"If you think they’re going to give you THEIR country back without a fight, you are sadly mistaken. ;)

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PostPosted: Fri Sep 08, 2017 7:23 pm 
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Inside the U.S. Navy’s Next Generation Ballistic Missile Submarine

The Navy has begun early construction and prototyping on a new class of nuclear-armed ballistic missile submarines designed to help ensure global peace by deploying massive destructive power under the sea.
The Ohio Replacement Program, a so-called SSBN, is scheduled to begin construction by 2021. Requirements work, technical specifications and early prototyping have already been underway at General Dynamics Electric Boat.

Designed to be 560-feet– long and house 16 Trident II D5 missiles fired from 44-foot-long missile tubes, ORP will be engineered as a stealthy, high-tech nuclear deterrent able to quietly patrol the global undersea domain.
“This platform is being designed for 42 years of service life. It has to survive into the 2080s and it has to provide a survivable, credible deterrent threat,” Capt. David Goggins, Ohio Replacement Program Manager, told Scout Warrior in an interview.

Construction on the first submarine in this new class is slated to be finished up by 2028, with initial combat patrols beginning in 2031, he added.

Ultimately, the Navy hopes to build and operate as many as 12 new nuclear-armed submarines, to be in service by the early 2040s and serve well into the 2080s. The ship specifications have been completed and the program is preparing for a detailed design phase and initial production contract, Goggins explained.

“I have to make sure I have a detailed manufacturing plan that is executable. Now I’m working on the detailed construction plan,” Goggins said.

Strategic Nuclear Deterrence
Navy officials explain that the Ohio Replacement submarines’ mission is one of nuclear deterrence.
Detailed design for the first Ohio Replacement Program is slated for 2017. The new submarines are being engineered to quietly patrol the undersea domain and function as a crucial strategic deterrent, assuring a second strike or retaliatory nuclear capability in the event of nuclear attack.

The Navy is only building 12 Ohio Replacement submarines to replace 14 existing Ohio-class nuclear-armed boats because the new submarines are being built with an improved nuclear core reactor that will better sustain the submarines, Navy officials have said.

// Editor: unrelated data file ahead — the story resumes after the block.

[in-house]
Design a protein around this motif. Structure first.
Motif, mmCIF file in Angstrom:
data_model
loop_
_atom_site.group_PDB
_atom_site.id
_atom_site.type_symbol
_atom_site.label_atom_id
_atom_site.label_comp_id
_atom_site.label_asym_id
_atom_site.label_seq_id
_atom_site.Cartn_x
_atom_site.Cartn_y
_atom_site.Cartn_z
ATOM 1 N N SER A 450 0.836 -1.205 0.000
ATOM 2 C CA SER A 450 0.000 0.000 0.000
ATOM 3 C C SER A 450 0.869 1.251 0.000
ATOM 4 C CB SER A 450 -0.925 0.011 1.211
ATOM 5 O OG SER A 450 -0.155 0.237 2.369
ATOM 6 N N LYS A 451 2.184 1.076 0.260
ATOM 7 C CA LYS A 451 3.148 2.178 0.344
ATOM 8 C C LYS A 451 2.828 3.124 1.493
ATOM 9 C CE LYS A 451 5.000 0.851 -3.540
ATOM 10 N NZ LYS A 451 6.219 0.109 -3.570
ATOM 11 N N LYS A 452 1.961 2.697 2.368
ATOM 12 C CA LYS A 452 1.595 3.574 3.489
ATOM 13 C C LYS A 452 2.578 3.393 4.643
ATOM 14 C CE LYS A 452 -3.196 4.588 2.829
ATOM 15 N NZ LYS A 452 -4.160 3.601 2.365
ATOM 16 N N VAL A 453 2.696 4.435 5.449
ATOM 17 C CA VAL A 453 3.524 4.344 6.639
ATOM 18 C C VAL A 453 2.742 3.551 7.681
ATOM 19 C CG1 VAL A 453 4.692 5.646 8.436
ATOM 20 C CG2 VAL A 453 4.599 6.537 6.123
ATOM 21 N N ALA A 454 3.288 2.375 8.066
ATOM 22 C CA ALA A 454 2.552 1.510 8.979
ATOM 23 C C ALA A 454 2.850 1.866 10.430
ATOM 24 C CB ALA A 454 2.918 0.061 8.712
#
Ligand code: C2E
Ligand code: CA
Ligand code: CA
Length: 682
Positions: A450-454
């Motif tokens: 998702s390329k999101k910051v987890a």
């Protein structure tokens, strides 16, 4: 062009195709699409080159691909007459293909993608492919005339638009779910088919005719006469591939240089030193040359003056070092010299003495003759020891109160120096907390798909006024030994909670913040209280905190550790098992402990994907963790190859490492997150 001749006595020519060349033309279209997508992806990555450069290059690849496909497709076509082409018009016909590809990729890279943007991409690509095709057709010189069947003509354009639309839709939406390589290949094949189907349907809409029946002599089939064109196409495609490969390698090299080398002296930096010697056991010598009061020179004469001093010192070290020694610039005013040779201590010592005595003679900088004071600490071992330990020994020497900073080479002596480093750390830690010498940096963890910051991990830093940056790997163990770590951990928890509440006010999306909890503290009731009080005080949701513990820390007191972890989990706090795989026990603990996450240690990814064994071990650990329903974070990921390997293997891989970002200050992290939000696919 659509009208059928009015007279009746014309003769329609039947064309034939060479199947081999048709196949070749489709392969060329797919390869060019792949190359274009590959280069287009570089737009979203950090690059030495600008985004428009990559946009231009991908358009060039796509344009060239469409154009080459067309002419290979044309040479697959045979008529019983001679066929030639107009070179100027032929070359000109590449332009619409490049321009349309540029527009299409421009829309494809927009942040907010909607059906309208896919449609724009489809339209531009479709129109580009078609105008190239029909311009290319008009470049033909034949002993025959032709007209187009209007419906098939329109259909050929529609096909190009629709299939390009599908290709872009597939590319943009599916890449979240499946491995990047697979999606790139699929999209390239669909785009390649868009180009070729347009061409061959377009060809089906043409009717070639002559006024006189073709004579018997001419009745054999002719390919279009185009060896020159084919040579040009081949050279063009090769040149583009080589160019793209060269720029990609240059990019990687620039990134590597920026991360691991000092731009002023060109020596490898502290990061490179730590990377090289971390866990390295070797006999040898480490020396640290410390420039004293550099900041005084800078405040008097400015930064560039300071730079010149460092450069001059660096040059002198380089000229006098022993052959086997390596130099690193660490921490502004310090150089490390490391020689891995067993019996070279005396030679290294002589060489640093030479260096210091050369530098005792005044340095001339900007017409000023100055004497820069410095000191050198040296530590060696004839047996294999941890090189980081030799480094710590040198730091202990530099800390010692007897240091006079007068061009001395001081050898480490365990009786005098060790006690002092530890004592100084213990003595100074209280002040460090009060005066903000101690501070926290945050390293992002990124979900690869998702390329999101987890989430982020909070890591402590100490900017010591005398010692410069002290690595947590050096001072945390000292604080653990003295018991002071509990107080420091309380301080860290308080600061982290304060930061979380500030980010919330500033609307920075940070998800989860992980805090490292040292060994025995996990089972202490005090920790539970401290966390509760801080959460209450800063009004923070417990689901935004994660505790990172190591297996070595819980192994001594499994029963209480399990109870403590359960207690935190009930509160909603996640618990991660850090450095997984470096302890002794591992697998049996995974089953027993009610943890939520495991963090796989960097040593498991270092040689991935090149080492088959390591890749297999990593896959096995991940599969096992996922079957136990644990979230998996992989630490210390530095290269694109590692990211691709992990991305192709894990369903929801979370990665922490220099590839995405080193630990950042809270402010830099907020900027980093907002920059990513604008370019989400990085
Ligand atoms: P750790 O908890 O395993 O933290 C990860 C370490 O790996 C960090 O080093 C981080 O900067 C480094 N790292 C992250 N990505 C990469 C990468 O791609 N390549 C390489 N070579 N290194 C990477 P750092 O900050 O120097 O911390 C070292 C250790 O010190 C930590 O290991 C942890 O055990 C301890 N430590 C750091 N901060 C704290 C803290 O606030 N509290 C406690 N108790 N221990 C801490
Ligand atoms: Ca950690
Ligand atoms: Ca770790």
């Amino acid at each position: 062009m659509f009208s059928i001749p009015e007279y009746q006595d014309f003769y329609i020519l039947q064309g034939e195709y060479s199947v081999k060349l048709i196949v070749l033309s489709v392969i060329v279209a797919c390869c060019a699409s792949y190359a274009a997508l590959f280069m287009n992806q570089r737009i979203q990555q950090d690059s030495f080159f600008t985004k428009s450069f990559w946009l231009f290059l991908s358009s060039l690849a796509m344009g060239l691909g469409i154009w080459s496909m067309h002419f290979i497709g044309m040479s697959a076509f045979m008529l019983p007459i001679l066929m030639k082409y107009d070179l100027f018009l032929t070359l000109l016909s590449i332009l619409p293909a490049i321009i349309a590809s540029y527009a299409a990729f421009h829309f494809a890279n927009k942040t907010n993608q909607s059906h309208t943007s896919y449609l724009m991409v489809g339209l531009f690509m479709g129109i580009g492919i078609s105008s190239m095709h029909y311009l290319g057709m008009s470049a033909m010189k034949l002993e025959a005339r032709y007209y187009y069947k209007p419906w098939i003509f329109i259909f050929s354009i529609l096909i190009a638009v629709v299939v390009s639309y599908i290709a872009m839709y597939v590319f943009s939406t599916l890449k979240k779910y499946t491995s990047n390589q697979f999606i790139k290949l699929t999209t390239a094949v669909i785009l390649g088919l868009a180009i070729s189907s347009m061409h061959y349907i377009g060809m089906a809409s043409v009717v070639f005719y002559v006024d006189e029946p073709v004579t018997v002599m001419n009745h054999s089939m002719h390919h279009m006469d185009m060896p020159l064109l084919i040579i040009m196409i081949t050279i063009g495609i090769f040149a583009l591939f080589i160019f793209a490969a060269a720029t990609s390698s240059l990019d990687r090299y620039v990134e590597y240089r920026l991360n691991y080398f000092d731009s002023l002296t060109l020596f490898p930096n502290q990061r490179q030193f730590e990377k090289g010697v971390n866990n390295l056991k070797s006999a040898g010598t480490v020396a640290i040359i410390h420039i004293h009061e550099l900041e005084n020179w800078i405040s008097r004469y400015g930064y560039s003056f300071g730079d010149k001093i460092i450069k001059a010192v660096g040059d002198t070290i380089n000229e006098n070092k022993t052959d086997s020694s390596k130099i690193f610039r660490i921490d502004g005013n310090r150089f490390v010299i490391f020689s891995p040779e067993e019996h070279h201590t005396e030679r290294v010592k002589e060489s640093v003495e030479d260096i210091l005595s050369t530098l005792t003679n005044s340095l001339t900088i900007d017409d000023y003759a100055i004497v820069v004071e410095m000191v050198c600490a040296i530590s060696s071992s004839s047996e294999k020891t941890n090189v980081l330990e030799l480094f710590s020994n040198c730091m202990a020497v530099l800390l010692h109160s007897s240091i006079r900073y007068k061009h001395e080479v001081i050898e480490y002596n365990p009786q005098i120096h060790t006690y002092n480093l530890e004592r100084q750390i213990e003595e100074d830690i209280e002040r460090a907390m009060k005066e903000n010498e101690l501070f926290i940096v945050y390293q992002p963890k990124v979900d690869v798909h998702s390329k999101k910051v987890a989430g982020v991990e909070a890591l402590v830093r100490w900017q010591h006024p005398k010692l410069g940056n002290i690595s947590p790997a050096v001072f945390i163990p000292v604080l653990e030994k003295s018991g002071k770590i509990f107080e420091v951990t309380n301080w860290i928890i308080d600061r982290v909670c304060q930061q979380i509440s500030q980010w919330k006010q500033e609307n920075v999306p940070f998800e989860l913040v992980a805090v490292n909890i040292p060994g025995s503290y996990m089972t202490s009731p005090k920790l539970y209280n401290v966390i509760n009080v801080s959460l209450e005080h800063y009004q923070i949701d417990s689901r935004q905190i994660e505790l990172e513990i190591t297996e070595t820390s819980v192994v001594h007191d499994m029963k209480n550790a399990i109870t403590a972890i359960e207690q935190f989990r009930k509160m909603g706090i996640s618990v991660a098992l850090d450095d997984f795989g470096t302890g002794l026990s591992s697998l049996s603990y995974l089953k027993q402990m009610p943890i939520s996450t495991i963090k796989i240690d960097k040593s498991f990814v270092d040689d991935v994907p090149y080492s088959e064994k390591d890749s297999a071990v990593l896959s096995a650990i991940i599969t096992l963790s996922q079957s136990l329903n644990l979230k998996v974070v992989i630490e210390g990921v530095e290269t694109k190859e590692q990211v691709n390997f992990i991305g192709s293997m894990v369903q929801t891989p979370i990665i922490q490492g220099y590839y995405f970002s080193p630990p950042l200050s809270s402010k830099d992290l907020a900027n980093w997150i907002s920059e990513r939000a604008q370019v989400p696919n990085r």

As a result, the Ohio Replacement submarines will be able to serve a greater number of deployments than the ships they are replacing and not need a mid-life refueling in order to complete 42 years of service.
“With the life of ship reactor core, you don’t have a mid-life refueling. This allows our 12 SSBNs to have the same at sea presence as our current 14. That alone is a 40 billion savings in acquisition and life-cycle cost because you don’t have those two additional platforms,” Goggins said.

Electric Boat and the Navy are already progressing on early prototype work connecting missile tubes to portions of the hull, officials said. Called integrated tube and hull forging, the effort is designed to weld parts of the boat together and assess the ability to manufacture key parts of the submarine before final integration.
In 2012, General Dynamics Electric Boat was awarded a five-year research and development deal for the Ohio Replacement submarines with a value up to $1.85 billion. The contract contains specific incentives for lowering cost and increasing manufacturing efficiency, Navy and Electric Boat officials said.

The U.S. and U.K. are together immersed in a common missile compartment effort for ORP. In fact, the U.S. and U.K. are buying parts together for the common missile compartment and working on a $770 million contract with General Dynamics’ Electric Boat. The U.S. plans to build 12 ORPs, each with 16 missile tubes, and the U.K. plans to build four nuclear-armed ballistic submarines, each with 12 missile tubes.

Next-Generation Technology
The ORP is being designed with a series of next-generation technologies, many of them from the Virginia-Class attack submarine. Leveraging existing systems from current attack submarines allows the ORP program to integrate the most current technologies and systems while, at the same time, saving the developmental costs of beginning a new effort, Goggins explained.